Concert organized by trumpeter Sean Jones to explore gospel-jazz symbiosis
Sean Jones says he is finally getting a chance to put together a concert that always was on his mind during his days in Pittsburgh.
“But you just can't do it all,” the busy trumpeter says with a laugh.
But now he has put together a band — and vocal group — for a look at gospel music's relationship to jazz May 20 at the August Wilson Center, Downtown.
The concert will be a two-part examination of gospel and jazz, he says. The first half will be a look at the music by a quintet Jones has assembled for the gig; the second will feature the quintet, but with a six-piece vocal group, Impact.
The quintet is made up of Jones, saxophonist Tim Green, drummer James Johnson III, bassist Tony DePaolis and pianist Alton Merrell.
The vocal group was put together by Merrell, who is director of worship ministries at Allegheny Center Alliance Church in the North Side.
Jones says this examination of two forms of music is something he and Merrell have wanted to do for a while.
They both grew up in the Warren, Ohio, area and sometimes were involved in religious activities “eight days a week,” Jones says, so putting together a look at the interrelationship of jazz and gospel is a natural thing.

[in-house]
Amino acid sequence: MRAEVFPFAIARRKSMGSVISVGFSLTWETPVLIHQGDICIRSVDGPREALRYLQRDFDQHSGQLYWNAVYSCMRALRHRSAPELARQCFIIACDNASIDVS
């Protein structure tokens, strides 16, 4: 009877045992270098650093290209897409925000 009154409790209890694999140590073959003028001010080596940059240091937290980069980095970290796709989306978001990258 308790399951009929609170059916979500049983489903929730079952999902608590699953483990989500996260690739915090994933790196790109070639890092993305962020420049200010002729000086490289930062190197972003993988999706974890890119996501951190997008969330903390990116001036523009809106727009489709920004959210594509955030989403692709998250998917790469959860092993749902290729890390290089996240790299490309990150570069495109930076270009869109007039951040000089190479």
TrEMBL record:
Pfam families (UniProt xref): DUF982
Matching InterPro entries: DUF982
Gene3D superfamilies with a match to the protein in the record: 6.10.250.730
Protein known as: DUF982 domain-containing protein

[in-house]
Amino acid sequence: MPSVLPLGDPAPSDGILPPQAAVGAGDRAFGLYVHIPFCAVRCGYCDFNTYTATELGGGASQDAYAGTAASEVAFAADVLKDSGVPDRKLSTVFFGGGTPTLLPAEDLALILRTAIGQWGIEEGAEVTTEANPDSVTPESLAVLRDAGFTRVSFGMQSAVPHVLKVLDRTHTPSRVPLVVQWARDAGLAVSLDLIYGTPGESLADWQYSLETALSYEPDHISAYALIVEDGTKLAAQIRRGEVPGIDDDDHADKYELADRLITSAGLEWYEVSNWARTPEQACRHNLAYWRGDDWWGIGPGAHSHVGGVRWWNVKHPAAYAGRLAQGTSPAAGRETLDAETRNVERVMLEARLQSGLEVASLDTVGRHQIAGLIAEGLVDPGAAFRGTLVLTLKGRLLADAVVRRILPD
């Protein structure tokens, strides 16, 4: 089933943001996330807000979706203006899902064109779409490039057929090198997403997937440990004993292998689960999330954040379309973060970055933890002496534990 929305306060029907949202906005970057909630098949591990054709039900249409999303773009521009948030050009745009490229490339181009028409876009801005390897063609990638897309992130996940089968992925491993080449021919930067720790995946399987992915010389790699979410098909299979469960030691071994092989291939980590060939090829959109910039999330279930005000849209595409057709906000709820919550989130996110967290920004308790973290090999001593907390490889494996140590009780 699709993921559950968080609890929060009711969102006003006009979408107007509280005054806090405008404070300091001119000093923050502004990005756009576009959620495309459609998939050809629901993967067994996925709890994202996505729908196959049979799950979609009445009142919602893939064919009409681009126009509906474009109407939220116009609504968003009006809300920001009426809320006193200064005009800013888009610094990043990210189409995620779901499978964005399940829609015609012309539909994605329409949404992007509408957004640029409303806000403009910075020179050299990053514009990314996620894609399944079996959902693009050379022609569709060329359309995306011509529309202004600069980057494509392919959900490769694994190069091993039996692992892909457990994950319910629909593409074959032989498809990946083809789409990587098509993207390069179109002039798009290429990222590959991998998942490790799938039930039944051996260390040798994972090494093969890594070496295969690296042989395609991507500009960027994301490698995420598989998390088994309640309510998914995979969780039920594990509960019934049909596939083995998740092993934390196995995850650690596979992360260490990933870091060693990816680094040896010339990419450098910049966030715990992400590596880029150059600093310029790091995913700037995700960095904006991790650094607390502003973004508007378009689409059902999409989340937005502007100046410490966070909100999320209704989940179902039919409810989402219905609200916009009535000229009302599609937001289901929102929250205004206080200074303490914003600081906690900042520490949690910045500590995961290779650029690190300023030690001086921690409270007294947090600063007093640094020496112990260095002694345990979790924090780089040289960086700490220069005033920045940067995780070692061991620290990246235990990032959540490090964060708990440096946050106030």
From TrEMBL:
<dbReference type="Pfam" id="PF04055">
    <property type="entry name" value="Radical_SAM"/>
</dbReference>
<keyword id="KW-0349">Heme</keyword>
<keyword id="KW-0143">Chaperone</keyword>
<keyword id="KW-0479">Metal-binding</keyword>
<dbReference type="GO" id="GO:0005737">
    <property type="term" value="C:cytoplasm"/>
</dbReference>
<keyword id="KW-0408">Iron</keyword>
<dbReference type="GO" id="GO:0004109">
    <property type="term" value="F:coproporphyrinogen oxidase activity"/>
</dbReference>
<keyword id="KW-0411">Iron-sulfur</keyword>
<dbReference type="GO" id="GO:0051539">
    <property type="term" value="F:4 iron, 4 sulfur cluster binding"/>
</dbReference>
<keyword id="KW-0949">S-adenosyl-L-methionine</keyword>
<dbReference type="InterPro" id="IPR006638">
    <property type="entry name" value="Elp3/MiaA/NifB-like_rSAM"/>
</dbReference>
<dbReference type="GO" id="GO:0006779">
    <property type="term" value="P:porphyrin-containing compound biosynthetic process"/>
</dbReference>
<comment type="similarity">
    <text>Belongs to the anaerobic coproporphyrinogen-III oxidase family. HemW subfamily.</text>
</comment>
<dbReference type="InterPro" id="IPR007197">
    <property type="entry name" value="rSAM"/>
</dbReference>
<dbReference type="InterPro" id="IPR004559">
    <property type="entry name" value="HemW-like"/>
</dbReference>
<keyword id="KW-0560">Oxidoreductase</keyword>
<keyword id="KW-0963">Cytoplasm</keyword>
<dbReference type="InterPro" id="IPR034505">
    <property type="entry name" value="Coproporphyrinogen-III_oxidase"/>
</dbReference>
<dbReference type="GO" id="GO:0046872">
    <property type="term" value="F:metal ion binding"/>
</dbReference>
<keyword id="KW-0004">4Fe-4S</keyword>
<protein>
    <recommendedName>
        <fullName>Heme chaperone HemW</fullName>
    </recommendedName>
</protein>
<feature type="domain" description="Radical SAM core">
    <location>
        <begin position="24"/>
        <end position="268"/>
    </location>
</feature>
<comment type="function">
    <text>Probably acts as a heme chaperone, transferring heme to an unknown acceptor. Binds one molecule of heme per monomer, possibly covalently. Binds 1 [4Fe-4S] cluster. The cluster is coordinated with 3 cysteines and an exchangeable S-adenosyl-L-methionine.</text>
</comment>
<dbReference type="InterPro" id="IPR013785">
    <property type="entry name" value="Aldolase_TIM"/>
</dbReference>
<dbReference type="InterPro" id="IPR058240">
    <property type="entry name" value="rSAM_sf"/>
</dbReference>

“But when I was in Pittsburgh, there always seemed like a lot to do,” he says. “There was the Pittsburgh Jazz Orchestra, my group, classes, other gigs. It's nice to get the chance to do this.”
Jones spent 10 years here, teaching at Duquesne University, but he also was one of the founders of the Pittsburgh Jazz Orchestra, was touring internationally with his band and sitting in seemingly constantly at gigs at local clubs.
He now is head of brass studies at the jazz-oriented Berklee School of Music in Boston but still is involved with the jazz orchestra here, as well as his own touring schedule.
He is excited at having the chance to come into Pittsburgh simply to focus on this concert.
Gospel has contributed a great deal to jazz in its soulfulness and heart, he says. But at the same time, jazz returns the favor by giving gospel a little contemporary feel.
The concert will look at that symbiosis, he says, in pieces such as Jones' arrangement of “Lift Every Voice and Sing.”
“It will be a nice mix of the two,” he says. “It will kind of show the unity, the oneness, of everything.”
While the vocal group has been working on its material, the quintet won't be getting together until the day before the show.
Jones is confident the group will work well together.
“You can't rehearse the unknown,” he says, quoting sax giant Wayne Shorter.
Bob Karlovits is a Trib Total Media contributing writer.